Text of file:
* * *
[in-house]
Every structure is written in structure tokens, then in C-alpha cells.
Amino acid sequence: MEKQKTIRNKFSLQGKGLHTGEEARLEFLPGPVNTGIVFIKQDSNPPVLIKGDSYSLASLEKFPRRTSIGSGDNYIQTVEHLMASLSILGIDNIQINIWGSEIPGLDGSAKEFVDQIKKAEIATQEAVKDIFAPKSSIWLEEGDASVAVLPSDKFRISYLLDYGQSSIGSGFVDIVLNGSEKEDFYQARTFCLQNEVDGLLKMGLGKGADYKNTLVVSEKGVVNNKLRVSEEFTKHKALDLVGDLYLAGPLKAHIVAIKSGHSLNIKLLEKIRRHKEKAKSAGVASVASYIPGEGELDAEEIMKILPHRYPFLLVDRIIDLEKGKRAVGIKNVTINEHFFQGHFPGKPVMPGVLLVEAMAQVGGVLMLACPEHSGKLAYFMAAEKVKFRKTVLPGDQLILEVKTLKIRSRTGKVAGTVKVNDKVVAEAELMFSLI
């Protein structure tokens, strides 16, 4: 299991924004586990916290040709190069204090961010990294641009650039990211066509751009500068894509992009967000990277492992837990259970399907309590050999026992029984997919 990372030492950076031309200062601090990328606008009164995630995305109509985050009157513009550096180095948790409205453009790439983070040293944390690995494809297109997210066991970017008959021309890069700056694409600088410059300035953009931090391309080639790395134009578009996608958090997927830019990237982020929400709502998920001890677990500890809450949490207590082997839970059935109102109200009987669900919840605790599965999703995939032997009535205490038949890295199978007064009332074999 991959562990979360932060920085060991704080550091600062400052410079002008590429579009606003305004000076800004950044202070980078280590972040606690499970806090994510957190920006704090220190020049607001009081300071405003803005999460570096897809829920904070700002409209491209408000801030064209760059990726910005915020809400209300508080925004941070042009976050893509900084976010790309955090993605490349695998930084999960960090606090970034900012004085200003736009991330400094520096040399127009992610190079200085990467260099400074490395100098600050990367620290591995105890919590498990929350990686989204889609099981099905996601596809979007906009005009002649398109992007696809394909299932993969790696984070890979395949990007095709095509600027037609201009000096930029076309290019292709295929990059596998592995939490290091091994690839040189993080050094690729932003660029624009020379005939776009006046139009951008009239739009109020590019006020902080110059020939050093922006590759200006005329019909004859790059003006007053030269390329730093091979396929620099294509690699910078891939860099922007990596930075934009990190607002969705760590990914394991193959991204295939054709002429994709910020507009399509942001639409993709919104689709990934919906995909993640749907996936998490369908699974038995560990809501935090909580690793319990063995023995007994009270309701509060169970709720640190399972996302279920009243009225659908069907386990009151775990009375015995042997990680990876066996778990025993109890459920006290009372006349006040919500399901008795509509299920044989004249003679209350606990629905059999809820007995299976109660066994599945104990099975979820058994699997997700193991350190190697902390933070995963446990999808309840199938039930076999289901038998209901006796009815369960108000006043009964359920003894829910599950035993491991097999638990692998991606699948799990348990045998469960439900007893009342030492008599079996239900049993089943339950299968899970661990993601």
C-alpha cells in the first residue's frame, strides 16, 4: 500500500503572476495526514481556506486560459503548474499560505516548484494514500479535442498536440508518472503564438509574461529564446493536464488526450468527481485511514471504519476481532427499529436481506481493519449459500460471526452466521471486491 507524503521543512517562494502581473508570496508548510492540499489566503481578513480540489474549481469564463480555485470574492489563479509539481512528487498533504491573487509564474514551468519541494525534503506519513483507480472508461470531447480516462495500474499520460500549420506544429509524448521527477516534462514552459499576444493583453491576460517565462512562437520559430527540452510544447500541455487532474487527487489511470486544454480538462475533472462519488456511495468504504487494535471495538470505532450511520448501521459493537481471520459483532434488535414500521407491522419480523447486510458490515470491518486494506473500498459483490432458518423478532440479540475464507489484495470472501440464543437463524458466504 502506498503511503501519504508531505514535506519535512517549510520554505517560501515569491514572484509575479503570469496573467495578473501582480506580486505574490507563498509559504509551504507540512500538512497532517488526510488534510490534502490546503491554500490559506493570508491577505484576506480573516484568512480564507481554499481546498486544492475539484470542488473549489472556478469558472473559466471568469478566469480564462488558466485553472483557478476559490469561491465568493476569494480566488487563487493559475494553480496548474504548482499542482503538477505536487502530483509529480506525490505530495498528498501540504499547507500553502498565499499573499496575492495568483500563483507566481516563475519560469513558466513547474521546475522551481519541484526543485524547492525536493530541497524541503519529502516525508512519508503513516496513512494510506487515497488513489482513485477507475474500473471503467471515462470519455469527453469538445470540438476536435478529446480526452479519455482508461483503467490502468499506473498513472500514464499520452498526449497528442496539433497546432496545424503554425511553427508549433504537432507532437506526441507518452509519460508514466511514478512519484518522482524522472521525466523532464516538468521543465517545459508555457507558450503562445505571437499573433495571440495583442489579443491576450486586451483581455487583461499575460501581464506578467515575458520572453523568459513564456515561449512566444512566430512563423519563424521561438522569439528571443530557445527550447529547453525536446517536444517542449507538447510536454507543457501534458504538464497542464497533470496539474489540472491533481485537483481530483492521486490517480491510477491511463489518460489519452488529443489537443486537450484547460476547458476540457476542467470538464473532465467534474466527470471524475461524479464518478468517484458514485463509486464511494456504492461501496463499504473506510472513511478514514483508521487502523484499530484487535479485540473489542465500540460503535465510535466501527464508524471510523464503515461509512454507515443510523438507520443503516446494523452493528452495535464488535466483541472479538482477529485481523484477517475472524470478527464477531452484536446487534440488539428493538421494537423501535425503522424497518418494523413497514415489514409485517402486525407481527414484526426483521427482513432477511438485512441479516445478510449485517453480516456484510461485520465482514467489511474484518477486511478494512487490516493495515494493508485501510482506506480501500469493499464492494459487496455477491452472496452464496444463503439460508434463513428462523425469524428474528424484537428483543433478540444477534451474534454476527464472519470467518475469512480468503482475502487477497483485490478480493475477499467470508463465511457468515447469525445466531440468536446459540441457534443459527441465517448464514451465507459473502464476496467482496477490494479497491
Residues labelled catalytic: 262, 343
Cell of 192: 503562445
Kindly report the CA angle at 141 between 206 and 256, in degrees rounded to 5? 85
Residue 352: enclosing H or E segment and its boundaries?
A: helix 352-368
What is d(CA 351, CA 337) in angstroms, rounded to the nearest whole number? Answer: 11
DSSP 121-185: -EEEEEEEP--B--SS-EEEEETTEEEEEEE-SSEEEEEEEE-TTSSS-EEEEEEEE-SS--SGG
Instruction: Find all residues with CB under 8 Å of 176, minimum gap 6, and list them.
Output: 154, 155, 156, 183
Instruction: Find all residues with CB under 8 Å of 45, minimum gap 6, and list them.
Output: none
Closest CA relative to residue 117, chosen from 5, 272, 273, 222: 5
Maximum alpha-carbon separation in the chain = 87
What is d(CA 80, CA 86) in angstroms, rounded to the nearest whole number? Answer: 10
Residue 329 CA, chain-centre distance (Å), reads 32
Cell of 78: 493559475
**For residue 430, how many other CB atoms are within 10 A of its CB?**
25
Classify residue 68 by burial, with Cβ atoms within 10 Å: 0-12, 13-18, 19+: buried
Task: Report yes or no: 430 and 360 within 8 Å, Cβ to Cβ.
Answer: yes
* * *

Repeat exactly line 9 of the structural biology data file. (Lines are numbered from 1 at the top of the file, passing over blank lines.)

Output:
Residue 352: enclosing H or E segment and its boundaries?